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Catch on fire with enthusiasm and people will come for miles to watch you burn.
-- John Wesley


The MONTHLY Motivator - January 2005


In today’s world, no one succeeds by simply maintaining the status quo. To prosper and achieve great things, innovation is an absolute requirement.

We’re living in a time when almost anything is possible, facilitated by stunning advances in technology and the dynamic of a pervasive, worldwide free marketplace. When anything is possible, innovation is a necessity. In a world with few limitations, you must be careful not to shackle yourself with limiting assumptions and outdated concepts. In an environment where new opportunities arise on a daily basis, it is incumbent upon you to seize those opportunities, and make the most of them through constant innovation. Because your competitors surely will.

What is innovation?

Innovation is creativity put into practice. Sure, it’s great to be creative, and innovation certainly demands creativity. Yet, for bottom line results, creativity is not enough. Innovation is applied creativity. Innovation uses creative ideas to solve real problems and to produce real value.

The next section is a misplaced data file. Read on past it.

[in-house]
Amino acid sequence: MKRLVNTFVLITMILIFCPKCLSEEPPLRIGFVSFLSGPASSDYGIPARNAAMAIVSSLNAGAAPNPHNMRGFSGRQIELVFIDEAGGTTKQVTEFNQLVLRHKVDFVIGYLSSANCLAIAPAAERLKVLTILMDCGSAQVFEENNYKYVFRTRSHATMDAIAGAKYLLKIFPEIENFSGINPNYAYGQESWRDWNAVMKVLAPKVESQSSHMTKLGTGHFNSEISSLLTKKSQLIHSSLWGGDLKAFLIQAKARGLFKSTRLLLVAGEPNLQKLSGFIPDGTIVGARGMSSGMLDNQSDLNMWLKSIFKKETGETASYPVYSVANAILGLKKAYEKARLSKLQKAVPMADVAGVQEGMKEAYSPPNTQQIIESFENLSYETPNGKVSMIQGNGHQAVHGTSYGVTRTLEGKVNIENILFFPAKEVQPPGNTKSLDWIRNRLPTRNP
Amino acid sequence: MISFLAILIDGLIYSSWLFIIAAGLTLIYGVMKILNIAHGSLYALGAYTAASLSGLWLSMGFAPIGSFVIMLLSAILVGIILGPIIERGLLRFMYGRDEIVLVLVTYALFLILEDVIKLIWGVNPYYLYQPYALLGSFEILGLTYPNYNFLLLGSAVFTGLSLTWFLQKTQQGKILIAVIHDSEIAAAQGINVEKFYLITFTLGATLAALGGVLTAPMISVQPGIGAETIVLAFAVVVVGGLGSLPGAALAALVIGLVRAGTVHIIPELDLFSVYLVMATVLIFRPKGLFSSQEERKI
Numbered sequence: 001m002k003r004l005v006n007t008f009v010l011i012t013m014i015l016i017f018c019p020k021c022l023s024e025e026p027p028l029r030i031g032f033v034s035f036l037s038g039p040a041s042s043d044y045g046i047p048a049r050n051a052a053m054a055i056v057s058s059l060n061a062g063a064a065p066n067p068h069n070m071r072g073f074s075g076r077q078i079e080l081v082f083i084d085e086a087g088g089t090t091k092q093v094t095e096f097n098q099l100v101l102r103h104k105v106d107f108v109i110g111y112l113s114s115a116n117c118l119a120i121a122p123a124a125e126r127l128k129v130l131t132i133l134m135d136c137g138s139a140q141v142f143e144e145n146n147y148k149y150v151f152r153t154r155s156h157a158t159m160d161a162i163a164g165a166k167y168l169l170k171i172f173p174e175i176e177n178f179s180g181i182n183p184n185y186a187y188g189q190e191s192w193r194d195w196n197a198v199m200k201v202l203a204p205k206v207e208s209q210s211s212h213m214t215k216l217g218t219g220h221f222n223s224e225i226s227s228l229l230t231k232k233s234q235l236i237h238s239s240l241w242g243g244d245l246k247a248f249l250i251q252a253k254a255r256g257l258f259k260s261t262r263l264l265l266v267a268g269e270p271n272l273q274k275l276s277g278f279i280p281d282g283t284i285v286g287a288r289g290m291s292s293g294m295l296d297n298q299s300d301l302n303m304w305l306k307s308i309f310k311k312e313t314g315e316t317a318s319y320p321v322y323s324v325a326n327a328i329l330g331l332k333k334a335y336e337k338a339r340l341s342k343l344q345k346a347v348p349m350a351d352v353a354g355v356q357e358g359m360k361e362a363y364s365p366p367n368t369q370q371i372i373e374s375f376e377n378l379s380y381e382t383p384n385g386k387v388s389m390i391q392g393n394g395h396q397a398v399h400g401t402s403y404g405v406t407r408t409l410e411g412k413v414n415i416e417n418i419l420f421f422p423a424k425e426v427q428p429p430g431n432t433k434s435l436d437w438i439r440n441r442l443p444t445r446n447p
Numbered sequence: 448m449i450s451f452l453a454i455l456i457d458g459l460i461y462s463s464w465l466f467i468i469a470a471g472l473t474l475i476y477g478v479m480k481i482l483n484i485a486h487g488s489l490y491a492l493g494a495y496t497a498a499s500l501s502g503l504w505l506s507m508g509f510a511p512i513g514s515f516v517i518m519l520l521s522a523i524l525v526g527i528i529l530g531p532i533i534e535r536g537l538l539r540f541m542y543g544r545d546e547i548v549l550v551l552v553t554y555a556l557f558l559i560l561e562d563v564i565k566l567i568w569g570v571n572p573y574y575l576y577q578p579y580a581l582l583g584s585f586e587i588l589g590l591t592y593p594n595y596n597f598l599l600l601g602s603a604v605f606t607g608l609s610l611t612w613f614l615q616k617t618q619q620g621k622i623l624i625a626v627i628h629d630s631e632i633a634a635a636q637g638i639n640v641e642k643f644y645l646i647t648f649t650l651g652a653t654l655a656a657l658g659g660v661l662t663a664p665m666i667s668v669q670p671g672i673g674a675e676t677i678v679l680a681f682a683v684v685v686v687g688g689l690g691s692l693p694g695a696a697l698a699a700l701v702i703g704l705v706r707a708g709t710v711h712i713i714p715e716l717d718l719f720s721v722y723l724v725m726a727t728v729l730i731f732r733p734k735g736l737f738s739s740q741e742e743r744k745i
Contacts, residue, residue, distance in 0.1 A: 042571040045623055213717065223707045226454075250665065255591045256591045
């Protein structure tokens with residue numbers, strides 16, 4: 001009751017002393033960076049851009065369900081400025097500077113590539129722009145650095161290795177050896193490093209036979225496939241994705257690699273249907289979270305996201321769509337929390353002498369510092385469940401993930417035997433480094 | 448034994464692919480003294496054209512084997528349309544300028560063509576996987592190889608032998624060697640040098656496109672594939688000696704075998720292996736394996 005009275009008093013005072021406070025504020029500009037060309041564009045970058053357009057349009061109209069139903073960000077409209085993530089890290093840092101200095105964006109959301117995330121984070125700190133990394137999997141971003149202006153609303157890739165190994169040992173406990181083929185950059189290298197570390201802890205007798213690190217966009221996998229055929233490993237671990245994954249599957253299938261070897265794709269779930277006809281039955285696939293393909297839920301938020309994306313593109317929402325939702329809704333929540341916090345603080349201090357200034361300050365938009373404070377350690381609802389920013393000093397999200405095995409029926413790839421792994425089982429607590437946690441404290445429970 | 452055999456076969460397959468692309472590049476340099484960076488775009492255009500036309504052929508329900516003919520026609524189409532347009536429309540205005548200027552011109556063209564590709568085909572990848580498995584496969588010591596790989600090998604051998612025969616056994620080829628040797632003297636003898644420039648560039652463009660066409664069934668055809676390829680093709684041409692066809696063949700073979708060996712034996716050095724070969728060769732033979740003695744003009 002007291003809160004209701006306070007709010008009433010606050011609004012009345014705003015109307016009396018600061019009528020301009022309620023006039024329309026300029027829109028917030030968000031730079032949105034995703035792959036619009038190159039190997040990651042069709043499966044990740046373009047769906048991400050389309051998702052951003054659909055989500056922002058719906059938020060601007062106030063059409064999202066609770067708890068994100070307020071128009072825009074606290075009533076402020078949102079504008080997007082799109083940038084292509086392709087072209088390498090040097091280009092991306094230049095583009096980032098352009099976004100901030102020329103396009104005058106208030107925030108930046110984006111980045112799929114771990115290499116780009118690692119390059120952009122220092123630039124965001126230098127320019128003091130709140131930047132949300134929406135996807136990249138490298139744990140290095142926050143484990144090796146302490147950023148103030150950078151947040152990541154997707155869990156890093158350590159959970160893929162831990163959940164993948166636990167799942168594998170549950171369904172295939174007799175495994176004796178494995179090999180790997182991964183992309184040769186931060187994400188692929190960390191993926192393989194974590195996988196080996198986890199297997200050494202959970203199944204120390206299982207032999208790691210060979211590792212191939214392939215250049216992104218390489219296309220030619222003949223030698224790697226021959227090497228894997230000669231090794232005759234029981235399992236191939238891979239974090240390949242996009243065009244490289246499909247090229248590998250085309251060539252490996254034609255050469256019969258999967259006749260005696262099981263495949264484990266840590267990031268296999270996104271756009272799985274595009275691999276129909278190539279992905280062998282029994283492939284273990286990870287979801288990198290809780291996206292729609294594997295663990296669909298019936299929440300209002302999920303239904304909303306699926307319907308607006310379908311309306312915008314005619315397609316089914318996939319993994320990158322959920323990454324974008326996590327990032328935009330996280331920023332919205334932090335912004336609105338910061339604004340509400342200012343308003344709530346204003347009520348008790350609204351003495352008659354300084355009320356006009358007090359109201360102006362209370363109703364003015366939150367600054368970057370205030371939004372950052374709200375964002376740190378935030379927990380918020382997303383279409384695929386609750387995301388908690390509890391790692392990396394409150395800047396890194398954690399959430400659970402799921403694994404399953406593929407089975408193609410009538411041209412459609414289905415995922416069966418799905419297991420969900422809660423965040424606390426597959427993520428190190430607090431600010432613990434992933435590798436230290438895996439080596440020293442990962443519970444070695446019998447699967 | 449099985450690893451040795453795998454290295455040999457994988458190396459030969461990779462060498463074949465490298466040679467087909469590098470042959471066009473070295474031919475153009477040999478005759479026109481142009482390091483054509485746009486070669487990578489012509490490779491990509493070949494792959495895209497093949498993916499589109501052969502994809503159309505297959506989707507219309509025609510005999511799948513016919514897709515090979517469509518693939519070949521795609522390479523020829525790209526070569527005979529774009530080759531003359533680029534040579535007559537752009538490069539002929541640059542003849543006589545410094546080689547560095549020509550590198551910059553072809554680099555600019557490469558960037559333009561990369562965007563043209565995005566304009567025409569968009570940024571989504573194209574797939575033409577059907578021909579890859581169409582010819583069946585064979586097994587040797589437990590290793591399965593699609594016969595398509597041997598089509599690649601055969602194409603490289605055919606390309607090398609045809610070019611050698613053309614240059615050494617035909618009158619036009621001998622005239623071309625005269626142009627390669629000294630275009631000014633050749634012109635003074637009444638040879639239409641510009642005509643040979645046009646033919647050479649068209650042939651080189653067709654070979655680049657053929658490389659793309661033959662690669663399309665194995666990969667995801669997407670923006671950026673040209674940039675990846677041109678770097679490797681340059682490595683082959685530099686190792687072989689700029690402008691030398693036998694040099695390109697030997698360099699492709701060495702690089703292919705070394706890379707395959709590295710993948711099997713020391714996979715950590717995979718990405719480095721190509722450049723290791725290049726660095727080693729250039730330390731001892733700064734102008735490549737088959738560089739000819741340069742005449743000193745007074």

Innovation is goal-oriented, and as such, it requires a clear sense of purpose and direction. The best innovators are visionaries, who can see opportunity and devise imaginative ways to capitalize on that opportunity -- people who can never get rid of the constant nagging feeling that “there’s got to be a better way.” Just knowing exactly what you want, and where you’re going, will improve your ability to innovate. A well-defined purpose will provide your natural innovative abilities with a clear context in which to operate.

Knowing precisely where you want to go, allows you to work backwards from the future, to determine the steps that will get you there. Just this change in thinking is vastly more innovative than trying to extrapolate forward from the present.

Innovation demands a purpose, for without a purpose it is just speculation. When you know exactly what you want to accomplish, your mind will naturally offer many innovative ways to get you there.

Innovation is not a one-time event. The best innovation is of a consistent, ongoing nature. This requires commitment to living and working in such a way that will make innovation an integral part of everything you do.

Don’t try too hard

Innovation can rarely be forced. The way to cultivate innovation is not by earnestly trying to “be innovative.” Such an approach presupposes that you’re not innovative, and creates a mindset that actually opposes innovation. The way to innovation is through living and thinking in such a way as to enable your mind, which is already innovative, ample opportunity to do its thing.

Imagine sitting down at a meeting and announcing, “OK. Let’s come up with an innovative solution to the problem. Anybody have any ideas?”

What happens? Well, you might get some ideas, but they won’t be very innovative, or very useful. The more you chase innovation, the more it eludes you. The better approach would be to start asking open-ended questions, and give innovation an environment in which to happen. Things such as:

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--Ralph Marston

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